Montfrault, however, had fared ill in his attempt to withdraw. Until he reached the ground between Wattrelos and Roubaix, his square preserved good order; but being attacked at that point by overpowering numbers from the south as well as from north and west, it was broken up, and fled in disorder towards Leers. Meanwhile General Fox, finding himself absolutely isolated, at length gave the order for his brigade, which so far had held its own, to retire. The retreat began in perfect order, and the brigade, having successfully fought its way to the road at Lannoy, followed it for some distance, under incessant fire from all sides, until checked by a battery covered by an abatis, which the French had thrown up on the road.
The first shots from this battery struck down several men, and Fox for the moment feared that surrender would be inevitable; but fortunately in the ranks of the Fourteenth was a French emigrant who knew the district well, and undertook to lead the brigade across country. It pursued its retreat therefore under constant fire of artillery and musketry in front and on both flanks, and with cavalry constantly threatening its rear; but it kept its assailants at bay, and at one moment made so sharp a counter-attack as to take temporary possession of some French guns.
Thus partly by good luck, partly by good conduct, partly by the misconduct and mismanagement of the enemy, the three battalions contrived to reach Leers, with the loss of all their battalion-guns excepting one, and of nine officers and five hundred and twenty-five men out of eleven hundred and twenty. The greatest credit was given to General Fox for the coolness, skill, and patience with which he extricated his brigade.
Abercromby appears to have begun his retreat from Mouveaux at about nine o’clock, but of necessity very slowly, having with him a considerable number of guns. The retirement was conducted in perfect order as far as Roubaix, the Seventh and Fifteenth Light Dragoons covering the rear with great gallantry. At Roubaix the French, though in occupation of the suburbs, were not in possession of the little walled town, which was still held by a dismounted squadron of the Sixteenth Light Dragoons. The place consisted of a single long street, the direct continuation of which led to Wattrelos, while, just outside the eastern gate, the road to Lannoy turned sharply to the right, being bordered on one side by a deep ditch and on the other by the Espierres brook.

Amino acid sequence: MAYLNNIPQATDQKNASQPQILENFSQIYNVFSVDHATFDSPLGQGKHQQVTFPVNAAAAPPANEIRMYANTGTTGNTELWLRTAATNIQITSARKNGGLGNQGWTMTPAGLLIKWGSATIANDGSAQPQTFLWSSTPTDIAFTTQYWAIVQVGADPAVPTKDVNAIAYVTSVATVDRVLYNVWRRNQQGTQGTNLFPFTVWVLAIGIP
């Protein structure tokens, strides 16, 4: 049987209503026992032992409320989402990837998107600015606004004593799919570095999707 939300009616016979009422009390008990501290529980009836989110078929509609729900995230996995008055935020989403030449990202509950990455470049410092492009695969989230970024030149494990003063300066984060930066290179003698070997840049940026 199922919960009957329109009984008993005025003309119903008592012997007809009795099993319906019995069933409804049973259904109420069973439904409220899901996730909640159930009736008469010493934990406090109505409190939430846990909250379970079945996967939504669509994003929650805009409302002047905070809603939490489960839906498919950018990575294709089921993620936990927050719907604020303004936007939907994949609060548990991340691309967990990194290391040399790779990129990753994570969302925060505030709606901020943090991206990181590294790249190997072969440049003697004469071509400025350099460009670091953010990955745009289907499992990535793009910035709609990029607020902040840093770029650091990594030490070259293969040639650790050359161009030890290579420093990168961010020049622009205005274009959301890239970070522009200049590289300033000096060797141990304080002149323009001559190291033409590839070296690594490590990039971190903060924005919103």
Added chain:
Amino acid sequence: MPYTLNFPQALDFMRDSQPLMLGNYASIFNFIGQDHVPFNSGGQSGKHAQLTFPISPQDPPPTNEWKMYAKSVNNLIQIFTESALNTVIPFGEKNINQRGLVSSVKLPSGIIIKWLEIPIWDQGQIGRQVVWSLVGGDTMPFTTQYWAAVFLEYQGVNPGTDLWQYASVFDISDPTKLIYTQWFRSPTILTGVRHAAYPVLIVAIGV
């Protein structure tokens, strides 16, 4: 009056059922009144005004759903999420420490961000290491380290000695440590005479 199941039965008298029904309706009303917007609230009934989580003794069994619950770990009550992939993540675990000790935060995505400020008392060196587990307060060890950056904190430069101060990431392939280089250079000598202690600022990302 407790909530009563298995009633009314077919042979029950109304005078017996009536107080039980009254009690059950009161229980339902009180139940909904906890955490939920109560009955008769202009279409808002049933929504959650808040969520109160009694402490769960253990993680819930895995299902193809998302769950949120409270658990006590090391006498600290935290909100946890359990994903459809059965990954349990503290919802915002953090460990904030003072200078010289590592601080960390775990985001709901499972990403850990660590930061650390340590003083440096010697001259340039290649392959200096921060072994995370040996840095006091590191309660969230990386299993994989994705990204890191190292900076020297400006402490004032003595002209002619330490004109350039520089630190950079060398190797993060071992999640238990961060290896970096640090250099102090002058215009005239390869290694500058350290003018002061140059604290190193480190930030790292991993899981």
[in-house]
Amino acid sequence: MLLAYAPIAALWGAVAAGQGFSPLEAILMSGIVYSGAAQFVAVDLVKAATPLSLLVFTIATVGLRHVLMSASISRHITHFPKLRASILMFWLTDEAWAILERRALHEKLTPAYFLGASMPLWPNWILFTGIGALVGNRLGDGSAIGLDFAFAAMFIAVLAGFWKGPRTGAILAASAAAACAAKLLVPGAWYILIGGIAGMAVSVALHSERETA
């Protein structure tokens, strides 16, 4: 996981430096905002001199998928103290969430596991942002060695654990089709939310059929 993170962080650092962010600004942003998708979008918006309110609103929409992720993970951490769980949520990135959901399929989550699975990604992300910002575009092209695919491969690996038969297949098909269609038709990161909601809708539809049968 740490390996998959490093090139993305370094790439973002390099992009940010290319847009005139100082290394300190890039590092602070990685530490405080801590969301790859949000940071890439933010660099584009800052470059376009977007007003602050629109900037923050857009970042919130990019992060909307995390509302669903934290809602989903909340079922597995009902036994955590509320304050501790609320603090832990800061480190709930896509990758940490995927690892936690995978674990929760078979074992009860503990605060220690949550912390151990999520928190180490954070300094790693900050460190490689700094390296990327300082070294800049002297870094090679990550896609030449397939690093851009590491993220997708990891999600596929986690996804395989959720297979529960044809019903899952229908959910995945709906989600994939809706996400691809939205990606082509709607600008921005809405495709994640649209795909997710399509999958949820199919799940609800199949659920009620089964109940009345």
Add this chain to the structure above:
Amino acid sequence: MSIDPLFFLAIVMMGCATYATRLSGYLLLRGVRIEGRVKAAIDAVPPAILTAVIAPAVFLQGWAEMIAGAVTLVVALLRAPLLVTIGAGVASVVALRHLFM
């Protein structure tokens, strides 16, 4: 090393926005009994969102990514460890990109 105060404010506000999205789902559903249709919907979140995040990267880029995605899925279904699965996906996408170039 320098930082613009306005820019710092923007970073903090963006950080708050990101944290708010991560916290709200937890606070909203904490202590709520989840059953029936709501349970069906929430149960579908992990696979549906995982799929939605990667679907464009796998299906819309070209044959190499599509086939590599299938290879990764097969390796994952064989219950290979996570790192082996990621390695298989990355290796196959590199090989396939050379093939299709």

The defile through the town took necessarily much time, but the guns emerged safely and the Guards also. Next to the Guards were the Austrian Hussars, still in the street; then in rear of them a party of the Fifteenth; next to this party were the Sixteenth, who were formed up in the market-place; and in rear of all were the remainder of the Fifteenth, holding the pursuing French in check. All was still in order when a French gun posted on the Wattrelos branch of the street suddenly opened fire from the edge of the town, sending shot after shot among the Austrian Hussars. The ordeal would have been a severe one for any troops, and presently the Hussars dismounted and tried to find a way out among the houses, but in vain.
The trial became unendurable as the French pressed on and opened fire on all sides upon the horsemen thus pent in for slaughter; and at last the whole body remounted, galloped wildly down the road, swung round the corner, where the French infantry thrust vainly at them with their bayonets, and raced onward for three or four hundred yards, when the foremost troopers suddenly found the way blocked by horseless guns. The French had brought a second gun to enfilade the road to Lannoy, and the drivers of the British cannon had fled. The shock of this mass of galloping horsemen suddenly checked was appalling. In an instant the ground was strewn with men and horses, kicking and struggling in frantic confusion, while a number of bat-horses dashed into the ranks of the Guards, plunging and lashing out, with their loads turned under their bellies.